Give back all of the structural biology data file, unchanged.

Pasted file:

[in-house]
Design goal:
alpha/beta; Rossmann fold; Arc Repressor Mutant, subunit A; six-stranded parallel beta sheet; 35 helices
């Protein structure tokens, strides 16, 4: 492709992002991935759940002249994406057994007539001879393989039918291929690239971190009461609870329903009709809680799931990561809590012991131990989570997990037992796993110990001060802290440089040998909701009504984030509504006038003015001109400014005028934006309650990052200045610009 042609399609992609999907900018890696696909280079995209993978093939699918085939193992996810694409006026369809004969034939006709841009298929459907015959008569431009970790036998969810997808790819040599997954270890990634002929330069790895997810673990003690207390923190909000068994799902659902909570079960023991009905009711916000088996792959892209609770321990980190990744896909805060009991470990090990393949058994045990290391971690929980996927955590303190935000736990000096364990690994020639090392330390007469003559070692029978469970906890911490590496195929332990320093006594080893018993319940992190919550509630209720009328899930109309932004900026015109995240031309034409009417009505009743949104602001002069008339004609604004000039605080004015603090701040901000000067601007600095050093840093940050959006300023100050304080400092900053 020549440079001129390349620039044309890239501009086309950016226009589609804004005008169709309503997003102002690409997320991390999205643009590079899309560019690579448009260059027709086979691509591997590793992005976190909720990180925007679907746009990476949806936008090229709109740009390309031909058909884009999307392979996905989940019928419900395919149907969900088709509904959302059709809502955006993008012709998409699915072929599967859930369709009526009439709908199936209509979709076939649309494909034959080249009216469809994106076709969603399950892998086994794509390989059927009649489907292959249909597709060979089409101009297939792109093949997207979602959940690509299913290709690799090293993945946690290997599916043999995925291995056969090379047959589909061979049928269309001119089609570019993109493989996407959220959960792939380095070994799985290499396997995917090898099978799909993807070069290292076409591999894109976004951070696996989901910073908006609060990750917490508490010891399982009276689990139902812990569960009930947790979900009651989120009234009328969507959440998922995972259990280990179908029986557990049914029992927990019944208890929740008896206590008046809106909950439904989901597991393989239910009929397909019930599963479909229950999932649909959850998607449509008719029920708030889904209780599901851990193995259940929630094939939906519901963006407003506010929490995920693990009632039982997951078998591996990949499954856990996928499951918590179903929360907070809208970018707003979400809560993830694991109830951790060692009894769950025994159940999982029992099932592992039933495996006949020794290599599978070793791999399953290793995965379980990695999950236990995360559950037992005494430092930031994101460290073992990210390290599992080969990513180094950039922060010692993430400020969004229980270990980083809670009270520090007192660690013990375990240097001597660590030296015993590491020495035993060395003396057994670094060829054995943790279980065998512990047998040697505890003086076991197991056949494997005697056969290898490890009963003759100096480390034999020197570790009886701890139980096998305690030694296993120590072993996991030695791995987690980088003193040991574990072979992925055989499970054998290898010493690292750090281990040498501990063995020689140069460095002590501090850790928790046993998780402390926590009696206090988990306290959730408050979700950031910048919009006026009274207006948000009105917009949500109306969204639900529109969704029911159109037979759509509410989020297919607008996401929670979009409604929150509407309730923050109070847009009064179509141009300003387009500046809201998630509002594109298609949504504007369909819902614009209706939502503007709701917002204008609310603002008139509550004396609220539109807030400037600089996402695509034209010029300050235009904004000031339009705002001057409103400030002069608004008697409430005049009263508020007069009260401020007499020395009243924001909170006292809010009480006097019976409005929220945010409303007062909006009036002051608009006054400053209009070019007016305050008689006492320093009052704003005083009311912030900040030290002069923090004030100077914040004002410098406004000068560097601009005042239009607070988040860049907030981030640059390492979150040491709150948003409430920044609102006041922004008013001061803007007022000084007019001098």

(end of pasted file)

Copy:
[in-house]
Design goal:
alpha/beta; Rossmann fold; Arc Repressor Mutant, subunit A; six-stranded parallel beta sheet; 35 helices
């Protein structure tokens, strides 16, 4: 492709992002991935759940002249994406057994007539001879393989039918291929690239971190009461609870329903009709809680799931990561809590012991131990989570997990037992796993110990001060802290440089040998909701009504984030509504006038003015001109400014005028934006309650990052200045610009 042609399609992609999907900018890696696909280079995209993978093939699918085939193992996810694409006026369809004969034939006709841009298929459907015959008569431009970790036998969810997808790819040599997954270890990634002929330069790895997810673990003690207390923190909000068994799902659902909570079960023991009905009711916000088996792959892209609770321990980190990744896909805060009991470990090990393949058994045990290391971690929980996927955590303190935000736990000096364990690994020639090392330390007469003559070692029978469970906890911490590496195929332990320093006594080893018993319940992190919550509630209720009328899930109309932004900026015109995240031309034409009417009505009743949104602001002069008339004609604004000039605080004015603090701040901000000067601007600095050093840093940050959006300023100050304080400092900053 020549440079001129390349620039044309890239501009086309950016226009589609804004005008169709309503997003102002690409997320991390999205643009590079899309560019690579448009260059027709086979691509591997590793992005976190909720990180925007679907746009990476949806936008090229709109740009390309031909058909884009999307392979996905989940019928419900395919149907969900088709509904959302059709809502955006993008012709998409699915072929599967859930369709009526009439709908199936209509979709076939649309494909034959080249009216469809994106076709969603399950892998086994794509390989059927009649489907292959249909597709060979089409101009297939792109093949997207979602959940690509299913290709690799090293993945946690290997599916043999995925291995056969090379047959589909061979049928269309001119089609570019993109493989996407959220959960792939380095070994799985290499396997995917090898099978799909993807070069290292076409591999894109976004951070696996989901910073908006609060990750917490508490010891399982009276689990139902812990569960009930947790979900009651989120009234009328969507959440998922995972259990280990179908029986557990049914029992927990019944208890929740008896206590008046809106909950439904989901597991393989239910009929397909019930599963479909229950999932649909959850998607449509008719029920708030889904209780599901851990193995259940929630094939939906519901963006407003506010929490995920693990009632039982997951078998591996990949499954856990996928499951918590179903929360907070809208970018707003979400809560993830694991109830951790060692009894769950025994159940999982029992099932592992039933495996006949020794290599599978070793791999399953290793995965379980990695999950236990995360559950037992005494430092930031994101460290073992990210390290599992080969990513180094950039922060010692993430400020969004229980270990980083809670009270520090007192660690013990375990240097001597660590030296015993590491020495035993060395003396057994670094060829054995943790279980065998512990047998040697505890003086076991197991056949494997005697056969290898490890009963003759100096480390034999020197570790009886701890139980096998305690030694296993120590072993996991030695791995987690980088003193040991574990072979992925055989499970054998290898010493690292750090281990040498501990063995020689140069460095002590501090850790928790046993998780402390926590009696206090988990306290959730408050979700950031910048919009006026009274207006948000009105917009949500109306969204639900529109969704029911159109037979759509509410989020297919607008996401929670979009409604929150509407309730923050109070847009009064179509141009300003387009500046809201998630509002594109298609949504504007369909819902614009209706939502503007709701917002204008609310603002008139509550004396609220539109807030400037600089996402695509034209010029300050235009904004000031339009705002001057409103400030002069608004008697409430005049009263508020007069009260401020007499020395009243924001909170006292809010009480006097019976409005929220945010409303007062909006009036002051608009006054400053209009070019007016305050008689006492320093009052704003005083009311912030900040030290002069923090004030100077914040004002410098406004000068560097601009005042239009607070988040860049907030981030640059390492979150040491709150948003409430920044609102006041922004008013001061803007007022000084007019001098």